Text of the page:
Martha Jane King, state representative for Kentucky, knew it was critical for legislators to understand technology—so last year, she created a committee for that purpose. The goal of the House Special Committee on Advanced Communications and Information is to focus on issues of technology in the state of Kentucky.
"If we have a committee that understands the language of technology—IT, communications, broadband—we can move the commonwealth forward quicker," said King. "A lot of times, the issues when it comes to technology can get down in the weeds pretty quickly."
SEE: How governments must get serious about tech to build the right future (TechRepublic)
It really helps if legislators have a broad basis of understanding, before they make rules to regulate it. "I want to vet people to make sure they do have that knowledge, and not just pull from the ranks. In your general assembly, on your banking and insurance committee, you have people who understand banking and insurance. The same should hold true for issues of technology."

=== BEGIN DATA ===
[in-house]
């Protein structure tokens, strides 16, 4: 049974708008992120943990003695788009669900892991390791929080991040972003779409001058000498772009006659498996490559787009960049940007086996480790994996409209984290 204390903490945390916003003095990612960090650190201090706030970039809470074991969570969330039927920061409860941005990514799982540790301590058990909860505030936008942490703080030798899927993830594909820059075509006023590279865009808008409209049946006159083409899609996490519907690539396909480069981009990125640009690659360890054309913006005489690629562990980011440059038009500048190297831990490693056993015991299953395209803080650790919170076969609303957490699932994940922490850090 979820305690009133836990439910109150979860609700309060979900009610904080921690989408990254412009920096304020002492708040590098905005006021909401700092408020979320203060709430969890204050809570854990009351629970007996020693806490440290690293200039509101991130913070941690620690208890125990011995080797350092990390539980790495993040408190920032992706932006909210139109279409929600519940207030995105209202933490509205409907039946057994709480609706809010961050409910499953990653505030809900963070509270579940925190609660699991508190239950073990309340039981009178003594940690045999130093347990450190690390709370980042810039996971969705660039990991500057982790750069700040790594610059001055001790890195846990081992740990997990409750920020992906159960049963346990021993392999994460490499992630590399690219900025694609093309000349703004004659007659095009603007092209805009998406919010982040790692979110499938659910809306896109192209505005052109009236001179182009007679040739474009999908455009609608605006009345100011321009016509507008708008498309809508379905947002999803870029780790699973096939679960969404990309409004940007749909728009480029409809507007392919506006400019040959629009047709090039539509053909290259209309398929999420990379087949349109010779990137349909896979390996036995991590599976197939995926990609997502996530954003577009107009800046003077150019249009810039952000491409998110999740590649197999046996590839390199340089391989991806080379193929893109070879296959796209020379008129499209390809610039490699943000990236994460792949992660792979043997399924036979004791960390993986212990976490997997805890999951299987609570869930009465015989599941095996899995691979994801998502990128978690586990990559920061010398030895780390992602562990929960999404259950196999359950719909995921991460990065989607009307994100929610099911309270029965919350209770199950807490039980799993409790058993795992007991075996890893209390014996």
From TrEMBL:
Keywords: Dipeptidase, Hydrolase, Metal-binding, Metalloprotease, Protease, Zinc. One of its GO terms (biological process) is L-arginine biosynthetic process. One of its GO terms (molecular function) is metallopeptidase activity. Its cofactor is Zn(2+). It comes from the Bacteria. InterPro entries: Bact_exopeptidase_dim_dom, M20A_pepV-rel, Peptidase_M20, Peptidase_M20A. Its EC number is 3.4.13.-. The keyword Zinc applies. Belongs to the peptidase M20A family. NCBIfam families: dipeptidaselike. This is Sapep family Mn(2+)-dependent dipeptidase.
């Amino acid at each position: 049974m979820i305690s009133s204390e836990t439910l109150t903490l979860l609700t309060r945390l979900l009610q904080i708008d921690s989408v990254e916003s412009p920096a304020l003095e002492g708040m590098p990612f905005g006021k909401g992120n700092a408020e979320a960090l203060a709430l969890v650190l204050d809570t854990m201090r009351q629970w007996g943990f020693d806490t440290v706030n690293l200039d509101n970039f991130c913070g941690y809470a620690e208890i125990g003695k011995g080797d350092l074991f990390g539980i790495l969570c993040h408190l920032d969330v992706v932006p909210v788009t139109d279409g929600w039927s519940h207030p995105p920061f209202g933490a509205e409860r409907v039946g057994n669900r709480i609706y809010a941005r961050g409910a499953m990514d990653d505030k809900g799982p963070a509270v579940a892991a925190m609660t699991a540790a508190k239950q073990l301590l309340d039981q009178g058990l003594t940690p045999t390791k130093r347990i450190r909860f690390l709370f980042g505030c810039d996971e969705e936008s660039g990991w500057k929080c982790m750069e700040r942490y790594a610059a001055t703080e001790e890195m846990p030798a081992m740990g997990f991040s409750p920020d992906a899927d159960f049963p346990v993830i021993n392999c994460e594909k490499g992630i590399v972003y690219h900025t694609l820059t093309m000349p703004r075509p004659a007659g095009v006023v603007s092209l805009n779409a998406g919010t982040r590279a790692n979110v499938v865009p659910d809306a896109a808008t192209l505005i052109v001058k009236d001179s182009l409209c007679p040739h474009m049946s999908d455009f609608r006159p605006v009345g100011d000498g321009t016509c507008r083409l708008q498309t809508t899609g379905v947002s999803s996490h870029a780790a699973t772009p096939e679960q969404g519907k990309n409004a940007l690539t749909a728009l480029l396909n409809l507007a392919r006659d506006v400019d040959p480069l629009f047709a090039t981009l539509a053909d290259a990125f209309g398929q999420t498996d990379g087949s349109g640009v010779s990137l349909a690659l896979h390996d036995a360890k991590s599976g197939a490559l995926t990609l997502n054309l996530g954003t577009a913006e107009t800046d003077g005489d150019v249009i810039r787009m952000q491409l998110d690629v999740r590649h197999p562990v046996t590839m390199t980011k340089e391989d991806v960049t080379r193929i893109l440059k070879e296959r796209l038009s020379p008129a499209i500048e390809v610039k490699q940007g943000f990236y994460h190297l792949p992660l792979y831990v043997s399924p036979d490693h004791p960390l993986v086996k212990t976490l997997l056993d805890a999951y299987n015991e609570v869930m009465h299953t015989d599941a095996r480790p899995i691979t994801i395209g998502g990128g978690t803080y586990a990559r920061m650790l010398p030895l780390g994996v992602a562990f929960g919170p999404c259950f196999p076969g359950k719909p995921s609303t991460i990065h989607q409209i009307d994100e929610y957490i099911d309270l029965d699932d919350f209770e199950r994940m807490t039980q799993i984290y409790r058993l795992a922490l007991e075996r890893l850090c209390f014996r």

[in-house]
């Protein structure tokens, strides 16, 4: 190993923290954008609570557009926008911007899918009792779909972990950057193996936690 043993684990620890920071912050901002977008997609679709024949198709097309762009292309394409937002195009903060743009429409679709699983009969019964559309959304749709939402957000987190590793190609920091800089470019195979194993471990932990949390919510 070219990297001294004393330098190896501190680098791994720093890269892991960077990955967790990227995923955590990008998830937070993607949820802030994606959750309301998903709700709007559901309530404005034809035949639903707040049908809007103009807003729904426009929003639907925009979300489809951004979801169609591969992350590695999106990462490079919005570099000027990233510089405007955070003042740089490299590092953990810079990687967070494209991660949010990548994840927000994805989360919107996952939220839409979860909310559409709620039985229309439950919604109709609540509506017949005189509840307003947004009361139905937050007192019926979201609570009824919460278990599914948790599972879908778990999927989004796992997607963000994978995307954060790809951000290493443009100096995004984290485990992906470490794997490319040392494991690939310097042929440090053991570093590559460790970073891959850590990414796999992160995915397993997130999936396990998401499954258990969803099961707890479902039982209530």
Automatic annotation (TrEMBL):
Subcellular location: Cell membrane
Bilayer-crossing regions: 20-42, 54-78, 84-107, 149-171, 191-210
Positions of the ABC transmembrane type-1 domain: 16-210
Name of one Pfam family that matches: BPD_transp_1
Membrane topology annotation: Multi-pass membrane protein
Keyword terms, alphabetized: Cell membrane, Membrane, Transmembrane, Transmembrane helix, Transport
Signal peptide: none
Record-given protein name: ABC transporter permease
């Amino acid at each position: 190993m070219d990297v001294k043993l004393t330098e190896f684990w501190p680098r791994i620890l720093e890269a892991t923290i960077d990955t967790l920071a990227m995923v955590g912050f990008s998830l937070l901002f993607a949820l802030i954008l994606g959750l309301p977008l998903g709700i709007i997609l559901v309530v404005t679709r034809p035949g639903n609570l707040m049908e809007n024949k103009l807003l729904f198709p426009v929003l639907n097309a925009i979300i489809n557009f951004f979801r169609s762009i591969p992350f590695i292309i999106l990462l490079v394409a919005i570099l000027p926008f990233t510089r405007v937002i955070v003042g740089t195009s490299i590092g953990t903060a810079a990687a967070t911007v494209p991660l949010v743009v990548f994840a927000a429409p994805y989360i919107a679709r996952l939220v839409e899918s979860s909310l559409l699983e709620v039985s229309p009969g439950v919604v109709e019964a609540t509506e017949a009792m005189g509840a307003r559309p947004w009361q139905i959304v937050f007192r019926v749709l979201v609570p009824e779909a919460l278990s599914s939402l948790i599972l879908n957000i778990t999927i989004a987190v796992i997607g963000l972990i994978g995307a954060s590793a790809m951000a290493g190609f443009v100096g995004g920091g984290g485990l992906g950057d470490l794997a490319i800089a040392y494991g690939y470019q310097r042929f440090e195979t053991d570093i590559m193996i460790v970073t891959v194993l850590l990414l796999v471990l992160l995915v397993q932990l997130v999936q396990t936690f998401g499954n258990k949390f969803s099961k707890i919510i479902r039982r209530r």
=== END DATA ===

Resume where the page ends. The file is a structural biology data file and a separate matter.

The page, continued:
She gave the example of a recent bill, which dealt with fees coming from cell phones, and the need for additional money to support it because people weren't using landlines—which is where the funding for 911 dispatches traditionally came from.
It's important that legislators understood exactly what was involved, from a technological perspective.
"The legislation encourages transparency, incentivizes consolidation of public safety answering points (PSAPs), establishes the Kentucky 911 Services Board, requires Voice over Internet Protocol (VoIP) providers to collect locally-imposed 911 fees, and requires prepaid providers to pay 911 fees equivalent to postpaid wireless fees," said King.
It's critical for government to keep up with technology, King said, and even can have implications on our safety.
"When I call 911, I want you to be there," said King. "It appalls me that Domino's pizza knows where I am, can deliver a pizza to my house, but if I call my local 911 dispatch, they might not have the equipment they need to find out where I am."
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Hope Reese has nothing to disclose. She doesn't hold investments in the technology companies she covers.
Hope Reese is a Staff Writer for TechRepublic. She covers the intersection of technology and society, examining the people and ideas that transform how we live today.